What is the motivation of the United States to finally begin a rapprochement with Cuba ? There are many factors behind these overtures. The stalemate in relations is so severe and multi-faceted that any move in the wrong moment is doomed to fail, if not worsen the situation. The alignment of international events is now comfortable for both Obama and Castro to seek some form of change. Havana has been facing many questions over its economic prospects since Hugo Chavez’ death in Venezuela, where domestic politics seem increasingly unstable. Washington is preparing itself for a tough 2015 where Iran, Syria, Ukraine and East Asia will be on the agenda. The American government has enough issues on the table as it is, and this may well be the moment to close a regional wound that has been aching for several decades.
Needless to say, Cuba is in need of reform. The embargo has long played its part in stifling the economy. Over the past 20 years, it has only been an additional burden on the country’s already exhausted command economy. Should Havana pursue some market-oriented reforms, it needs to remove two major obstacles to their success – U.S.-imposed trade barriers and its obsolete designation as a state sponsor of terrorism. It is highly unlikely for Cuba to face radical domestic changes, but its future is somewhat uncertain given Castro’s age.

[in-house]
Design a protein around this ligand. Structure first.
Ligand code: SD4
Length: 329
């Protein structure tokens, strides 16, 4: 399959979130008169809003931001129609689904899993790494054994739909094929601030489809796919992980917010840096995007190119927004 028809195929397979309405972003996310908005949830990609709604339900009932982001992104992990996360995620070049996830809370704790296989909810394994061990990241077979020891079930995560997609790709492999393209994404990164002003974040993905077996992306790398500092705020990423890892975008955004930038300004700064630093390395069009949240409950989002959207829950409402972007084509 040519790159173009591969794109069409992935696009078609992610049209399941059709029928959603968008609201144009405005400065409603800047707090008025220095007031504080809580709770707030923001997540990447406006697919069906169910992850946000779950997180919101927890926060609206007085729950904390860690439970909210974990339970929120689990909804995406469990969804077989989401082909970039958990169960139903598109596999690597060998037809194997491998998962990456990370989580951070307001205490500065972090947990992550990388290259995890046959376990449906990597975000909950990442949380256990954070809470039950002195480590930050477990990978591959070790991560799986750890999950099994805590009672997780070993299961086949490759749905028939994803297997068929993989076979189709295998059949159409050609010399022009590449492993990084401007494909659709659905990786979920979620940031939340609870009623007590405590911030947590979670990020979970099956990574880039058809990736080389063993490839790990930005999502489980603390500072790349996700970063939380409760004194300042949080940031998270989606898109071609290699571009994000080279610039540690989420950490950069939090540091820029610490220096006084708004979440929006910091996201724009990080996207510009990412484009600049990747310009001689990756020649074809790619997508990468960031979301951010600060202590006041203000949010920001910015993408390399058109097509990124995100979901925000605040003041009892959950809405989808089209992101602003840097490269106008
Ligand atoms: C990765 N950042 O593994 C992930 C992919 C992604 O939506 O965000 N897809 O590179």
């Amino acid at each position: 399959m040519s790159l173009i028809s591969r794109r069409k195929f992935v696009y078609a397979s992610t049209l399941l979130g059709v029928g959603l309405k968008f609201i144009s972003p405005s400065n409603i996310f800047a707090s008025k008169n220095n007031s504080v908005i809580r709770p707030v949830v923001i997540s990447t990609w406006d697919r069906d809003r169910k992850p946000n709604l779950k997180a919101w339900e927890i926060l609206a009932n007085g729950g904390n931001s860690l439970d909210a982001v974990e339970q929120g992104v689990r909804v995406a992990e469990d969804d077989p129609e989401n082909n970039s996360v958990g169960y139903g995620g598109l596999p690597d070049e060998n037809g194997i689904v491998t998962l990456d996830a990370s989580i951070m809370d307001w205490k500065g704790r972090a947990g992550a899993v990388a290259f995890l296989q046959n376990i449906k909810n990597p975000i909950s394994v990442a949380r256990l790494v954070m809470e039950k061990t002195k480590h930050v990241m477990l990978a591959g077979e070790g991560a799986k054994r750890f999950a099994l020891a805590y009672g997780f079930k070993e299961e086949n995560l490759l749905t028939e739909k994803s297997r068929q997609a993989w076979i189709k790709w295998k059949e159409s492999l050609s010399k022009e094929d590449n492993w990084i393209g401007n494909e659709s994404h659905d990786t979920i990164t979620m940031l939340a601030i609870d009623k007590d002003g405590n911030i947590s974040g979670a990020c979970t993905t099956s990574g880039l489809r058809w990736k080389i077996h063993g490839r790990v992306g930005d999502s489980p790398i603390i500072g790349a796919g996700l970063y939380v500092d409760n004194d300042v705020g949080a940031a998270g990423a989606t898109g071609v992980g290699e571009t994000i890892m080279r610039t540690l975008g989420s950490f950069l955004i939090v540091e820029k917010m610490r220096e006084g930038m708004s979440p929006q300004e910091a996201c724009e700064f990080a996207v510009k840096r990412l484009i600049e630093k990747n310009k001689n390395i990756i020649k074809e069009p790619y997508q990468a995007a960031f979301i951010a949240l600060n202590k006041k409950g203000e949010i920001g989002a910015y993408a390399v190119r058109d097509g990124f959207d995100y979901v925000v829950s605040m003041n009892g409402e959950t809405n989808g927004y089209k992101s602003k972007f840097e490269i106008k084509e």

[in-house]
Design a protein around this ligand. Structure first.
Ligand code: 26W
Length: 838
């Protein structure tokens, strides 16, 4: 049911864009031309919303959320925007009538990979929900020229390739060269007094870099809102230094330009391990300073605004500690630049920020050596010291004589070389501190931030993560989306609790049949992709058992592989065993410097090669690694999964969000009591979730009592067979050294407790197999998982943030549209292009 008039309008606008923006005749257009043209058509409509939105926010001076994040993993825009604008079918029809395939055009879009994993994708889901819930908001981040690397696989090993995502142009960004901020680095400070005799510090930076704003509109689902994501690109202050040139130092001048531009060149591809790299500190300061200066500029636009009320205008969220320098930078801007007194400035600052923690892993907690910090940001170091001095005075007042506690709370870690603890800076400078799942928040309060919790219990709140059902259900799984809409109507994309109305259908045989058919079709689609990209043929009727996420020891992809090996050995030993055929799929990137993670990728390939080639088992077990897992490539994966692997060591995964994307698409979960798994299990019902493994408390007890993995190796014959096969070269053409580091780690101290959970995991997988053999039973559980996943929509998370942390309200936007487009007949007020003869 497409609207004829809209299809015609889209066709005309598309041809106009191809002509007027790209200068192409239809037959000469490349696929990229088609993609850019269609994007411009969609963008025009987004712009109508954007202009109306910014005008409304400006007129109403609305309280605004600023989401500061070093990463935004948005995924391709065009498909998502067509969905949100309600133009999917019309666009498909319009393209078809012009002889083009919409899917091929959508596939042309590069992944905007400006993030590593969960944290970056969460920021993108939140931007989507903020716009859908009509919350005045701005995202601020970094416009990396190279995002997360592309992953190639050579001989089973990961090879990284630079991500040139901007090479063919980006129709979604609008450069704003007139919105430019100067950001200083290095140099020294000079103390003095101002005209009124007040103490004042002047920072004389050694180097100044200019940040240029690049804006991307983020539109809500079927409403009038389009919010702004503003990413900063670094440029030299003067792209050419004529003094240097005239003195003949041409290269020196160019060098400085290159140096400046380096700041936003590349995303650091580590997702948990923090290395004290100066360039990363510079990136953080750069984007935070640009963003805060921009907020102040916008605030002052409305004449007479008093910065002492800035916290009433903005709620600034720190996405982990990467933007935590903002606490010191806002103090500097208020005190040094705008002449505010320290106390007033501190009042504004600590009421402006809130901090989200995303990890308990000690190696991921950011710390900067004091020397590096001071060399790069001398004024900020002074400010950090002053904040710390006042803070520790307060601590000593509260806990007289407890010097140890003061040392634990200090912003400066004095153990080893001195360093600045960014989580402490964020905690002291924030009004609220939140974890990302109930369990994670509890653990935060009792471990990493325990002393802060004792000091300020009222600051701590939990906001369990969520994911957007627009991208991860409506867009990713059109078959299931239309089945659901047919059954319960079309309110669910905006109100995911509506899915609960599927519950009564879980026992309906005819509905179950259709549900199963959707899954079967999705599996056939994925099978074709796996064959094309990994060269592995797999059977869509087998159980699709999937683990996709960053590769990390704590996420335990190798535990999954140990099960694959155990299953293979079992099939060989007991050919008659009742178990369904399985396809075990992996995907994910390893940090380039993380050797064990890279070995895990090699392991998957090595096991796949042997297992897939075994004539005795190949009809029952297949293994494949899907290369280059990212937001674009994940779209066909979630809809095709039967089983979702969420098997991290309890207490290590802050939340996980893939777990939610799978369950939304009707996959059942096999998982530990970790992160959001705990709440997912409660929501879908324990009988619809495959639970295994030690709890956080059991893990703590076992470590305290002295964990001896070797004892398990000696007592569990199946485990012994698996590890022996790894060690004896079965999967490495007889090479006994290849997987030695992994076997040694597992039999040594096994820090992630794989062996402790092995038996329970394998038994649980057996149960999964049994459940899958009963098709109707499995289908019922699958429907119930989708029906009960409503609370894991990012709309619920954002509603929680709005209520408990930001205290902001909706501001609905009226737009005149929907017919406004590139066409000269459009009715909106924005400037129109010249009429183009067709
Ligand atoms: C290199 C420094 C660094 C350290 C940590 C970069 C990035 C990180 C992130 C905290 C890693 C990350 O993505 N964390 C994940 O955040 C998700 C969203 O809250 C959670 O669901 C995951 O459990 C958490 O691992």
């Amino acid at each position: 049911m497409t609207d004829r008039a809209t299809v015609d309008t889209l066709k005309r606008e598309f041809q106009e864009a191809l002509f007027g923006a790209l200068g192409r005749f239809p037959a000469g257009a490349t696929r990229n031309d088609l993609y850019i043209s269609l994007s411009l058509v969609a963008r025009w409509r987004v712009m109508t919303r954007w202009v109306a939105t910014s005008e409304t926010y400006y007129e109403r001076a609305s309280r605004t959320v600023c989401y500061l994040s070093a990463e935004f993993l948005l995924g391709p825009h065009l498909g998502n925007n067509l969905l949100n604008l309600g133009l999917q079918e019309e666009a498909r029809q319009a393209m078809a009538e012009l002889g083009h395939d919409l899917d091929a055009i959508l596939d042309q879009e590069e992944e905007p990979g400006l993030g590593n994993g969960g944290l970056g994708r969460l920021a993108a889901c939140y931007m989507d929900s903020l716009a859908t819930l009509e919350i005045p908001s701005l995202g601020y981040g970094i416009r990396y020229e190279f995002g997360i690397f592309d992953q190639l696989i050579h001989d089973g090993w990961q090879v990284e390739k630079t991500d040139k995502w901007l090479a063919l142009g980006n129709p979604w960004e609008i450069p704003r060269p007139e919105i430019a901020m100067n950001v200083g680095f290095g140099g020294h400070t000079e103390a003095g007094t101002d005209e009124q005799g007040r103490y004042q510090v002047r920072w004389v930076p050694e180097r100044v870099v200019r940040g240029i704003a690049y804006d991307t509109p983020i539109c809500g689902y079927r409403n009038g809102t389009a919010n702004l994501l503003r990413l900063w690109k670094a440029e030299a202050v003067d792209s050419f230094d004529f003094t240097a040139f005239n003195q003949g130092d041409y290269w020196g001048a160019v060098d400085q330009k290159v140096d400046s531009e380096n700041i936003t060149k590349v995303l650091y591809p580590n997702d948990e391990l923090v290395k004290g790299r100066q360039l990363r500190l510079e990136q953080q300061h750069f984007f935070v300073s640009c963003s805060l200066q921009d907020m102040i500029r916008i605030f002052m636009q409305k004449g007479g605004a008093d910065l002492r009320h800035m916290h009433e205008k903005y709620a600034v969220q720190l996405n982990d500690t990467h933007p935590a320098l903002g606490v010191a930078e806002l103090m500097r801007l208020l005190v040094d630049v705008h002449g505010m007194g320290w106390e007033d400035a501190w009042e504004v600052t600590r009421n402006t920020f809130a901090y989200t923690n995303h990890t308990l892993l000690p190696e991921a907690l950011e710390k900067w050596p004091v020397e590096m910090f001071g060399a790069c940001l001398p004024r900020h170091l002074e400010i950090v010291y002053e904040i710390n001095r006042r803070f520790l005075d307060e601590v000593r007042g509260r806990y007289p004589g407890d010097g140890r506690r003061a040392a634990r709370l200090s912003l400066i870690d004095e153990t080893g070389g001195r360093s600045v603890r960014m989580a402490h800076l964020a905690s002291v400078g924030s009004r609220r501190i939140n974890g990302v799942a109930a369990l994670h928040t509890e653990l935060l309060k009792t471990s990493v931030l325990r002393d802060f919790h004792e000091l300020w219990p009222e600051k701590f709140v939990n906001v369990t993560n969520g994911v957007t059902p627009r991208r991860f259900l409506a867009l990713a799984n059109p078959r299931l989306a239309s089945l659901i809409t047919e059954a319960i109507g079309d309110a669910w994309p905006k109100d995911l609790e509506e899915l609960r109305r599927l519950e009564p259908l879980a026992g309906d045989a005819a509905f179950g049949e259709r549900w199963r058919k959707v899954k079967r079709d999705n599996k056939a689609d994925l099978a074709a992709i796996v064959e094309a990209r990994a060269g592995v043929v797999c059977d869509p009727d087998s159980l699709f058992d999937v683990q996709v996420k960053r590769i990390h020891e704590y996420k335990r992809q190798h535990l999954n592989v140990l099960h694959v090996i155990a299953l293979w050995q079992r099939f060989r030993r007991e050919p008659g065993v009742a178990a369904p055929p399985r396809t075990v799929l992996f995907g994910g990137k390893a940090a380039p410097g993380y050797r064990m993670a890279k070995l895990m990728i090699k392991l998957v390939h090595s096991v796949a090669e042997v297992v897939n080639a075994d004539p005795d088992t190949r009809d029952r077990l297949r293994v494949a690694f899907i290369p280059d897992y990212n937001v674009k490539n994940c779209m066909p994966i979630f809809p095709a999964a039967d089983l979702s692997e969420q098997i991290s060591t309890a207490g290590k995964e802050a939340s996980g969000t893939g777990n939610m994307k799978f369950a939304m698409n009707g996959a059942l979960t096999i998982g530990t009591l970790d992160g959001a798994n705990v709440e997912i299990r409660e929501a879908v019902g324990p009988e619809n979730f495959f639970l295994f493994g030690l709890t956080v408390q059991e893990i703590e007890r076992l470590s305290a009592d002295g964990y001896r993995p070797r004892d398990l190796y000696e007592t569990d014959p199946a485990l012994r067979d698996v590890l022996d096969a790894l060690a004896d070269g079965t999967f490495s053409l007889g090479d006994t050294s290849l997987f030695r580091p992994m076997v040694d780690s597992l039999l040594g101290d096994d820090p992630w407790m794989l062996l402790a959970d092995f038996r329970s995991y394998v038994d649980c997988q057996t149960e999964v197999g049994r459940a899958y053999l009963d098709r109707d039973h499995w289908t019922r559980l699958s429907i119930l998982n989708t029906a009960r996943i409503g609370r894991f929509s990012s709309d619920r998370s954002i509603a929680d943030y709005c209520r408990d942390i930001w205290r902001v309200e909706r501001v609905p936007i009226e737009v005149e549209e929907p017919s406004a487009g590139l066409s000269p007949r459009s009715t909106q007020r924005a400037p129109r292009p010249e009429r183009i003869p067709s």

For the United States, Cuba is currently not of much value. It does not host any foreign forces and is not part of any military alliances, but there is no certainty that things will stay this way for the next few years to come. It remains to be seen whether U.S. concessions will later turn into a new instrument for pressure on a more economically flexible Havana, or they are genuinely a desire to settle a long-outdated issue.
To sum it up
The year was certainly a watershed in international relations. Many of the events will continue to sizzle into 2015 from several major hotspots. Along with Ukraine and the Middle East, there will certainly be new developments around Nigeria’s fight against Boko Haram, China’s policies regarding Japan and North Korea, the latter’s military capabilities and the ebola epidemic in West Africa. Difficult times require skilled politicians, and we can only hope there will be more of those in 2015.